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Remembering 9/11

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SAYING THANKS TO FIRST RESPONDERS: Frankfort Police Captain Jim Skinner recieves his certificate and pin from Healthy Communities of Clinton CountyCoalition.
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WALKING IN REMEMBERANCE:Isabel Bacon walks in front of her dad, Frankfort Police Chief Troy Bacon, during Healthy Communities of Clinton CountyCoalition’s, “In Honor of All Who Serve,” walk.

By Katharine Calabro - kcalabro@ftimes.com

Around 35 people gathered for Healthy Communities of Clinton County Coalition’s fourth annual walking event Tuesday, in rememberance of Sept. 11, 2001.

The “In Honor of All Who Serve,” walk honors and recognizes first responders. Each year, residents and first responders participate by walking from Old Stoney to the veterans memorial on the square, Frankfort Police Department, Frankfort Fire Engine Company #2 and the VFW.

The walk ended at Veterans Park where HCCCC Executive Director Lorra Archibald recognized those who serve and have served with a pin and certificate.

She said it’s important the coalition continue to sponsor this walk in conjunction with 9/11 so residents don’t forget what happened.

“I think it’s one of those things, until it happened in our lifetime we didn’t think about it,” Archibald said.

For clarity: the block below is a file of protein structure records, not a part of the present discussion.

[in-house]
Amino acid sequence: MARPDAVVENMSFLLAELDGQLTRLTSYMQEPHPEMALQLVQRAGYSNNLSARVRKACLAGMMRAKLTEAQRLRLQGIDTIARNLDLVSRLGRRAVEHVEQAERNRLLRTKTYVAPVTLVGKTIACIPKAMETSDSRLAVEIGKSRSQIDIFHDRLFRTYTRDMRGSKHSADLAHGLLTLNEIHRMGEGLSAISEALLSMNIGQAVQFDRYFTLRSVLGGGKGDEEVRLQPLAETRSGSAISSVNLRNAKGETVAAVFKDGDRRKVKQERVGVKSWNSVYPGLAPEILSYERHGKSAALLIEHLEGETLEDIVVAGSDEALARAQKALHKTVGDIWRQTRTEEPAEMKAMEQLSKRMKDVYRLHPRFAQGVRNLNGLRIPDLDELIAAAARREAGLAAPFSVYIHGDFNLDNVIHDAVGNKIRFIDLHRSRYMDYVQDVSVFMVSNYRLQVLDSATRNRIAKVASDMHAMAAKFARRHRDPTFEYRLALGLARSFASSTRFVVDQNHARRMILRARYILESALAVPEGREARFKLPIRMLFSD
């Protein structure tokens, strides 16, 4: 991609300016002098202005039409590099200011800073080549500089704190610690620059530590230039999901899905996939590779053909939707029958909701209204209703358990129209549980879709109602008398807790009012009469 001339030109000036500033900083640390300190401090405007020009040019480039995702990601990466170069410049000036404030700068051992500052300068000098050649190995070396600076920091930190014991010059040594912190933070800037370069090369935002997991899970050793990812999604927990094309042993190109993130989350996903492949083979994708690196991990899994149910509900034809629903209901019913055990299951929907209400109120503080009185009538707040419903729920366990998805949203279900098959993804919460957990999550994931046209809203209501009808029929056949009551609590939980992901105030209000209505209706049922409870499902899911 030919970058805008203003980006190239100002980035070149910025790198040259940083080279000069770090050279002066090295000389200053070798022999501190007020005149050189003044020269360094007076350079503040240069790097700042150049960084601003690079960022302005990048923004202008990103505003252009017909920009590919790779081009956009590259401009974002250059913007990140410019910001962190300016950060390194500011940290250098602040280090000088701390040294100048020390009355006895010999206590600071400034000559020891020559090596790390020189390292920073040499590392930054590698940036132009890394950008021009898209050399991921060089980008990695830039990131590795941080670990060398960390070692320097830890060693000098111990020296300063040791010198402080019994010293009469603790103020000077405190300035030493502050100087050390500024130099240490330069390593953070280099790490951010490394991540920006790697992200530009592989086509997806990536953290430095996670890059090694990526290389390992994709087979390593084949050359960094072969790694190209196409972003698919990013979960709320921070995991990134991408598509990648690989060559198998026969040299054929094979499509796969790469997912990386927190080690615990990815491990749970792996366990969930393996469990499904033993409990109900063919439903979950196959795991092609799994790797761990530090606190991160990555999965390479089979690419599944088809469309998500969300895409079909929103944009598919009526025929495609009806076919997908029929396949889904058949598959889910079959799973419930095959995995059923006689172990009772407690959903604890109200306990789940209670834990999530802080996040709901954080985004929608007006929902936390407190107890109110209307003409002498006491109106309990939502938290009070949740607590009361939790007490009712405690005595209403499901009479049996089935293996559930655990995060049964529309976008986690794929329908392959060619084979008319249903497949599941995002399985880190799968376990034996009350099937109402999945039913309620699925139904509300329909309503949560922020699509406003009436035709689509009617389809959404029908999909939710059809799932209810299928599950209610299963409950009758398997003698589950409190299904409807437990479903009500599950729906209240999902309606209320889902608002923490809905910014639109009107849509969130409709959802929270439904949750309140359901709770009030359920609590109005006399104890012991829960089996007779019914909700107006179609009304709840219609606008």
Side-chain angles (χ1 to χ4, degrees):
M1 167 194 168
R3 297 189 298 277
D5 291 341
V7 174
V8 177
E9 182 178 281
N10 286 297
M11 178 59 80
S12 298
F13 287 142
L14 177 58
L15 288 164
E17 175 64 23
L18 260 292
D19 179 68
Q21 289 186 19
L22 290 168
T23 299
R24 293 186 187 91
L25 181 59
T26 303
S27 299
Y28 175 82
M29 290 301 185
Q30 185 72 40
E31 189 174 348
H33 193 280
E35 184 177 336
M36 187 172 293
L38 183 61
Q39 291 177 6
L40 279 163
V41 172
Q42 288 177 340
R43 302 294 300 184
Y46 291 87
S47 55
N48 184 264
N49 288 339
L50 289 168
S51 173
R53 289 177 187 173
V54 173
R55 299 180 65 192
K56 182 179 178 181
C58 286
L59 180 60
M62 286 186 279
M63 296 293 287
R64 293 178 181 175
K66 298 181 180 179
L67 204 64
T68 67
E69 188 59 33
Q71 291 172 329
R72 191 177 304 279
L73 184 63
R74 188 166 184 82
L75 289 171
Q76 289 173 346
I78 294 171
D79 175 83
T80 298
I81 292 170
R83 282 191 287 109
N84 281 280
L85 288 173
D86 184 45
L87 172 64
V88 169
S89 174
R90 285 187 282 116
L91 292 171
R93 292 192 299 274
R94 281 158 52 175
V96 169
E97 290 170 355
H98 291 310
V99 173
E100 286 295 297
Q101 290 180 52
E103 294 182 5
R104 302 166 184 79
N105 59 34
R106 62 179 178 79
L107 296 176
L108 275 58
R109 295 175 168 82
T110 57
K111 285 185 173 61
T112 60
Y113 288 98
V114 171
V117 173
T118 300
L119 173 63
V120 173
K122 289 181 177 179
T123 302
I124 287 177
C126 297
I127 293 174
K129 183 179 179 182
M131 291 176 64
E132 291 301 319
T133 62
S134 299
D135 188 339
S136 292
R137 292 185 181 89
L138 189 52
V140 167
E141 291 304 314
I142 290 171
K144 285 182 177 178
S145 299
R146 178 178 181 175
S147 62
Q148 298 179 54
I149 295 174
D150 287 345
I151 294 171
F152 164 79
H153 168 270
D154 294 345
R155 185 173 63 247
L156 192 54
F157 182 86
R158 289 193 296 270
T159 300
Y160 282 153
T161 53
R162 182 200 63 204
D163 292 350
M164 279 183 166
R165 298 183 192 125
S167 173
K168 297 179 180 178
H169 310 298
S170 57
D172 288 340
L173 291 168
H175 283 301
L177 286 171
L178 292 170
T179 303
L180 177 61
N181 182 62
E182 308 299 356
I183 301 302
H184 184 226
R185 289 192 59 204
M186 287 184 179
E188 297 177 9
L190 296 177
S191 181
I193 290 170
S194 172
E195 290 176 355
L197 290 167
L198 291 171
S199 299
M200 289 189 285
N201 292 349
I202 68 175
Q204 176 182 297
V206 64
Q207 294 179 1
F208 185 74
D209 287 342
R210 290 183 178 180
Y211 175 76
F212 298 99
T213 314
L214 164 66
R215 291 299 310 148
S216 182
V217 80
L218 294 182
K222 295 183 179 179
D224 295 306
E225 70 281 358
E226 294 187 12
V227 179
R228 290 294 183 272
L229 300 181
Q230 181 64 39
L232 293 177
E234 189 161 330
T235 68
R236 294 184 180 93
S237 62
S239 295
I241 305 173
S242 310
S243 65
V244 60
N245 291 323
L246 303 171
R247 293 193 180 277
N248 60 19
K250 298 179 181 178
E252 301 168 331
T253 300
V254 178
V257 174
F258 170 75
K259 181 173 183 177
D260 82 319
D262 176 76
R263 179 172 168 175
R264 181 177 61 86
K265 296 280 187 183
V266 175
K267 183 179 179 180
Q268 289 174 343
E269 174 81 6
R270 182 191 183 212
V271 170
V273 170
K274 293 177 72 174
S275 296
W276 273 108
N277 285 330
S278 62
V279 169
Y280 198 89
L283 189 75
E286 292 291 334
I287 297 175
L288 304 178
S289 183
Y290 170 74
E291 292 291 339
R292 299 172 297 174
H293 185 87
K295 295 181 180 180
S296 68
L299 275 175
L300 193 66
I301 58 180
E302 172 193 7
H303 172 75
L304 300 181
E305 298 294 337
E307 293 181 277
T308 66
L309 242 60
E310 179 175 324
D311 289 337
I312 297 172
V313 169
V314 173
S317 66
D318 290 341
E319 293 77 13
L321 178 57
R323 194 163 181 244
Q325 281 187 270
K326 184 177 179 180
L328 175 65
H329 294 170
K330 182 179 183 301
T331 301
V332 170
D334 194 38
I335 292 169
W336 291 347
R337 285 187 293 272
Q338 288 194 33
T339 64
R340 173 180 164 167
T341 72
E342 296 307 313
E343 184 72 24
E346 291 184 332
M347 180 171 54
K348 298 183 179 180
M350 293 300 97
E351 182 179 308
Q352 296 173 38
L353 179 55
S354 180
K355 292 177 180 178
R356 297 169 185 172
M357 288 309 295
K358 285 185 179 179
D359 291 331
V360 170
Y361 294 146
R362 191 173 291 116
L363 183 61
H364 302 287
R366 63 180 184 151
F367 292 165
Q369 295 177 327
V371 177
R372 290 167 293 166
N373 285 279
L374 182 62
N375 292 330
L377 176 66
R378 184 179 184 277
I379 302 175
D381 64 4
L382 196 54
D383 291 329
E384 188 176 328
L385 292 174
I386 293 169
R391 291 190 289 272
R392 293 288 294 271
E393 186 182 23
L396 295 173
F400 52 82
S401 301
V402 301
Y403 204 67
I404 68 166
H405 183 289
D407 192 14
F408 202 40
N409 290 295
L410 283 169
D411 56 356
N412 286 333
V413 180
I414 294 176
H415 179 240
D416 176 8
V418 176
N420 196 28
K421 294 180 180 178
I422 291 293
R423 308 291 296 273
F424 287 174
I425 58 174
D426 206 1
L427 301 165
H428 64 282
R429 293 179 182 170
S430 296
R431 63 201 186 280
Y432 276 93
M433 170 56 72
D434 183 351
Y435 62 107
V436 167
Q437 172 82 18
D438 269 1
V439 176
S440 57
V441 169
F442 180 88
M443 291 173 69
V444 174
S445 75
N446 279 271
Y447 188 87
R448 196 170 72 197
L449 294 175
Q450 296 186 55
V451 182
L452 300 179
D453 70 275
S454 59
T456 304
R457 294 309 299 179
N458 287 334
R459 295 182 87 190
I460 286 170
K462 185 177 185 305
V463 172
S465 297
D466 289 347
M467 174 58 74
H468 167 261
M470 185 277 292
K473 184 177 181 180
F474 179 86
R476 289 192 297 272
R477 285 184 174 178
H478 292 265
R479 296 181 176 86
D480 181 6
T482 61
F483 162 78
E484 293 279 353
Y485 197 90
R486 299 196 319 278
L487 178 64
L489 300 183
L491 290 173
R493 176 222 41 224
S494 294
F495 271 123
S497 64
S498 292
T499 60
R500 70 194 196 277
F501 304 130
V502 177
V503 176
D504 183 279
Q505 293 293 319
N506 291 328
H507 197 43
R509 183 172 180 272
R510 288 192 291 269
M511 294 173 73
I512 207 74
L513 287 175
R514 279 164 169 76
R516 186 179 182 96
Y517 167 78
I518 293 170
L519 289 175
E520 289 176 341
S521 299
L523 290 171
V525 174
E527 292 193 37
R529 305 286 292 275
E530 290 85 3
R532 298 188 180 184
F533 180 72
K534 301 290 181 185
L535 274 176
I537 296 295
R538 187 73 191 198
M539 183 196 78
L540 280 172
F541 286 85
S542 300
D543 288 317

To keep the memory of those who served and were first responders during 9/11, Archibald brings her daughter who wasn’t alive during the tragic event where 2,977 people were killed. She said unless it’s talked about, it remains unreal to those who weren’t alive when it happened.

“They don’t think about it unless you tell them,” Archibald said.

In support of HCCCC, resident Rebecca Long joined the walk, as she can recall exactly where she was on 9/11. Long was a teacher with a classroom of children when two planes hit the Twin Towers.

She said this event impacted her classroom greatly, and made her more appreciative of people in the service and first responders; especially in Clinton County.

Every year first responders, veterans and leaders in the community are presented with different pins, making it a collector’s item. Archibald also creates extra copies of certificates for department leaders to take back to the office for other members on the team.

Among the first responders present was Frankfort’s Chief of Police Troy Bacon, who comes every year to remember the sacrifice paid by public safety officials and civilians on Sept. 11, and the days following that event.

“I think overall the county has forgotten what happened that day,” Bacon said.

This year, Bacon brought his 12-year-old daughter, Isabel, who had the opportunity to better understand what she learned during her Social Studies class Tuesday. She said this made her want to come out and actually be a participant in this year’s walk.

“I knew it was important to people who were alive that day, even though I wasn’t,” Isabel said. “I know that day was hard for people.”